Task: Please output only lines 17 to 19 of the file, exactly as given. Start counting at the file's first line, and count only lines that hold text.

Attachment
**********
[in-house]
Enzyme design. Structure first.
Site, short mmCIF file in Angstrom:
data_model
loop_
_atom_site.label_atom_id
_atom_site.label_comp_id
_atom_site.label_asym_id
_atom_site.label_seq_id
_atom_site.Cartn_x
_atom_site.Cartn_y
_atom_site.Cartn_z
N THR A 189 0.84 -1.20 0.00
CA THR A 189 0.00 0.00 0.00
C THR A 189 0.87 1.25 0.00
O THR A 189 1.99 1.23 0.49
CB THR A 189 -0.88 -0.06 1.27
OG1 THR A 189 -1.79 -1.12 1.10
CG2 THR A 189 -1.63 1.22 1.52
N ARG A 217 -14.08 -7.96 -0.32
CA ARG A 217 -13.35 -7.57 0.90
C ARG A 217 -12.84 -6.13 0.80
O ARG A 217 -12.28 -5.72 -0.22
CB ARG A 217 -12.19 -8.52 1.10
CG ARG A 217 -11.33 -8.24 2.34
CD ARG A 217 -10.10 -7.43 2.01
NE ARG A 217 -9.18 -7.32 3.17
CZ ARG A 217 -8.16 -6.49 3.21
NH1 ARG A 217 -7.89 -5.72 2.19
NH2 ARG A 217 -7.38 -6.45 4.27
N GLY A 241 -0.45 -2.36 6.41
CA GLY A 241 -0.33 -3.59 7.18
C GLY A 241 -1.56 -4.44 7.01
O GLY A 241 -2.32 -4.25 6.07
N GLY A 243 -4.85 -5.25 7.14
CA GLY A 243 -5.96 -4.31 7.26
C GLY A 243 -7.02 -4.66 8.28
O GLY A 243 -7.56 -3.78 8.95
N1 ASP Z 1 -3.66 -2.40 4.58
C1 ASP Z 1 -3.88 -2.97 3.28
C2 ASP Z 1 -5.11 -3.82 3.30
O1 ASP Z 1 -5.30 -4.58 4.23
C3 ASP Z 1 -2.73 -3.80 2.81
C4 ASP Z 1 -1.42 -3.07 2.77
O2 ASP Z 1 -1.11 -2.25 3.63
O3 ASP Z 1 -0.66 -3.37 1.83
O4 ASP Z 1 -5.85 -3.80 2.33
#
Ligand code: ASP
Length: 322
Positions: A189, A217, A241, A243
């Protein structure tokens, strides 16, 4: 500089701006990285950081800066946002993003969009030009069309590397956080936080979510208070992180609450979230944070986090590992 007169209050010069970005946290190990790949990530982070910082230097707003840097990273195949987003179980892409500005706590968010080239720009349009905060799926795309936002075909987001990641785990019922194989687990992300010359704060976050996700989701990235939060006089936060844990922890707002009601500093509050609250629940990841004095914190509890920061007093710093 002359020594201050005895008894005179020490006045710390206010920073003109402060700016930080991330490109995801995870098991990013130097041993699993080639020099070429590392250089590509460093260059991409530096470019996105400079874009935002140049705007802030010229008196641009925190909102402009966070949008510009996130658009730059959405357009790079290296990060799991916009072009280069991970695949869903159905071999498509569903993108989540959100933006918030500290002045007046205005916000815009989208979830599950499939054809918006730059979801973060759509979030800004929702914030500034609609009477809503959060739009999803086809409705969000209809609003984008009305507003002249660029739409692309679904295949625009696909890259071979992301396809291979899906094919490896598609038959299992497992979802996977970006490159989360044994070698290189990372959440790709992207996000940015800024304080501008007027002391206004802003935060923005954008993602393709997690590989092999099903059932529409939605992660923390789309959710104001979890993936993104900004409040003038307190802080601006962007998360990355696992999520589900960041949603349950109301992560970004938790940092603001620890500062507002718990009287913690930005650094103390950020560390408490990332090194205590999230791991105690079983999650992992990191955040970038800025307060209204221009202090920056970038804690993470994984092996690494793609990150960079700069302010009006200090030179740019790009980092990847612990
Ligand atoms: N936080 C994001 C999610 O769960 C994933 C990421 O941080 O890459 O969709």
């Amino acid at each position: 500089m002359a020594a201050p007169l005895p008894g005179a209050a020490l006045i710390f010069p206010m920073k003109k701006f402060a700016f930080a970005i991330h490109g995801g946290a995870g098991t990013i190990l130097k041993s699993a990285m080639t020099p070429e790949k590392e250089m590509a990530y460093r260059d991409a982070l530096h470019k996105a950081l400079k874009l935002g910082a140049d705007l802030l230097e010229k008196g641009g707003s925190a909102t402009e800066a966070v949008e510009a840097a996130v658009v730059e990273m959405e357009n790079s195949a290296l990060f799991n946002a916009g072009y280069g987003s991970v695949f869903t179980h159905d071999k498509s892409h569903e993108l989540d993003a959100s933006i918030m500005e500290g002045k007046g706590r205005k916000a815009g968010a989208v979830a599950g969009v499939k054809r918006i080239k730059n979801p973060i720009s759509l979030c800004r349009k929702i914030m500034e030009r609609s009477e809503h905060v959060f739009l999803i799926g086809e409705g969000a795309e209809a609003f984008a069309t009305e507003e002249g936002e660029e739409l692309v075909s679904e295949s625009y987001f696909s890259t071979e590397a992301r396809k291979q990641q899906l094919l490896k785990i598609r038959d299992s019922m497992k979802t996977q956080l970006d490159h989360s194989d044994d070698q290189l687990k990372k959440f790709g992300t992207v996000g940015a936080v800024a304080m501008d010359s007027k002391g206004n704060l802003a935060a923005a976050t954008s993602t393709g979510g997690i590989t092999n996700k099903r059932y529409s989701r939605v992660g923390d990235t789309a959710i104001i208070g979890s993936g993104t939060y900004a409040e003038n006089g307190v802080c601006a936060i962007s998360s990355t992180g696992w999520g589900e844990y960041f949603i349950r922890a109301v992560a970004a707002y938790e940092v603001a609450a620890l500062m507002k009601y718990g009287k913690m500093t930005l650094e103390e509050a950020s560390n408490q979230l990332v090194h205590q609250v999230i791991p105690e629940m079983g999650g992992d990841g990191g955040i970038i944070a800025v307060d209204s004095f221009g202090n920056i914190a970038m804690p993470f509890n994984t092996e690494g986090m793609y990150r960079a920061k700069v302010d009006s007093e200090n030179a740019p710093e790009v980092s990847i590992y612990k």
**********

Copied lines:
CB THR A 189 -0.88 -0.06 1.27
OG1 THR A 189 -1.79 -1.12 1.10
CG2 THR A 189 -1.63 1.22 1.52